Space Force rescue units prepare for ‘new era’ of commercial human spaceflight
WASHINGTON — Three hours before the SpaceX Crew Dragon launch May 30, teams of combat rescue specialists staged at military bases in Florida, South Carolina and Hawaii went on alert status in the event of a mission abort.
The task force of about 150 personnel and eight aircraft is under the command of the U.S. Space Force’s 45th Space Wing at Patrick Air Force Base, Fla. It is deployed to ensure that if astronauts abort the mission, they are recovered anywhere in the world where they might land.
The U.S. military’s rescue units have supported NASA operations for six decades but this is a “new era” because astronauts are flying in commercial capsules and each requires different procedures and training, said Maj. Gen. John Shaw, commander of the Combined Force Space Component of U.S. Space Command at Vandenberg Air Force Base, California.
“We are supporting three capsules,” Shaw said June 1 during a SpaceNews online event. In addition to SpaceX Crew Dragon, troops are training to rescue astronauts from Boeing’s Starliner and Lockheed Martin’s Orion capsules.
“We had our first Starliner exercise in April,” said Lt. Col. Michael Thompson, the commander of the 45th Operations Group’s Detachment 3, the unit that oversees the training for the rescue missions. The detachment has about 30 full-time staff. For training and for actual missions, it is augmented by Air Force combat search and rescue units.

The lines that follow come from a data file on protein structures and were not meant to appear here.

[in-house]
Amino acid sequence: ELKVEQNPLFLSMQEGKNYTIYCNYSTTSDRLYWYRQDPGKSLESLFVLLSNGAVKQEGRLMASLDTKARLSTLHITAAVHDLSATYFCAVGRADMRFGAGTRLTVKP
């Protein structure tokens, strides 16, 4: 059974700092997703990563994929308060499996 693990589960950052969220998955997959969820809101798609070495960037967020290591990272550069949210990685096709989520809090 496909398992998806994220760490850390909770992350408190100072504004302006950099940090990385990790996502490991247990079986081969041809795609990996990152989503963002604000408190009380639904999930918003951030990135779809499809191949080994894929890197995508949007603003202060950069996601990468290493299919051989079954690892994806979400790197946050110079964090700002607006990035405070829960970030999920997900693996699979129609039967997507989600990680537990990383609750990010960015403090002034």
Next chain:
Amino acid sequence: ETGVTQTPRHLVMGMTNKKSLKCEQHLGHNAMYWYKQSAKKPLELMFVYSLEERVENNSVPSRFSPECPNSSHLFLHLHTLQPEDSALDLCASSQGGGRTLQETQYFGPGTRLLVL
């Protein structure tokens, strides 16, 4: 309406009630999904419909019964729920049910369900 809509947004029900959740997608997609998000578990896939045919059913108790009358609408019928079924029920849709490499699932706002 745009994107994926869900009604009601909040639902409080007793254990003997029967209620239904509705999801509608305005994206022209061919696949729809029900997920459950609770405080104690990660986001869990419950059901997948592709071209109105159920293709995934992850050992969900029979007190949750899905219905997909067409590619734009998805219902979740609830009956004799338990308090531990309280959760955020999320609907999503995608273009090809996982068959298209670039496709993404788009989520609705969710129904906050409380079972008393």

Boeing brought a Starliner test vehicle to Patrick Air Force Base for open ocean rescue training, said Thompson.
“Each of the capsules is unique,” he said. “The way we egress astronauts from Dragon is different than Starliner or Orion.”
During the Apollo era, said Thompson, the military deployed almost 6,000 personnel, 24 aircraft and seven naval vessels for astronaut rescue.
Detachment 3 also supports NASA astronauts when they fly on Russian Soyuz spacecraft.
Brig. Gen. Doug Schiess, commander of the 45th Space Wing, said Detachment 3 has been training for the Crew Dragon mission for five years.
The task force will be again on alert when Crew Dragon returns to Earth in a few months.
“We have to be prepared as they de-orbit back down,” said Schiess. “Hopefully SpaceX can get the capsule themselves. But again if there was an anomaly our team has to be prepared to be able to execute that rescue.”
For now the Space Force only supports NASA human spaceflight. If and when commercial companies begin to fly tourists to space, someone will have to decide how to handle contingency rescue operations, said Shaw.
“We’ll have to wait and see what happens,” he said. “We’ll see how that evolves and how the government chooses to regulate that.”
“As humans go into space there will be a need to prepare for rescue,” Shaw said. “Someone’s going to have to do that.”
Going forward, he said, “I think it’s very likely that the Department of Defense will be some part of that broader team in the support of human spaceflight program.”
The U.S. Space Force, said Shaw, “is not going to be sending humans into space for national security purposes anytime soon. Maybe a long time from now we’ll be doing that. But we will be supporting any humans that go into space for exploration. We will absolutely be doing that.”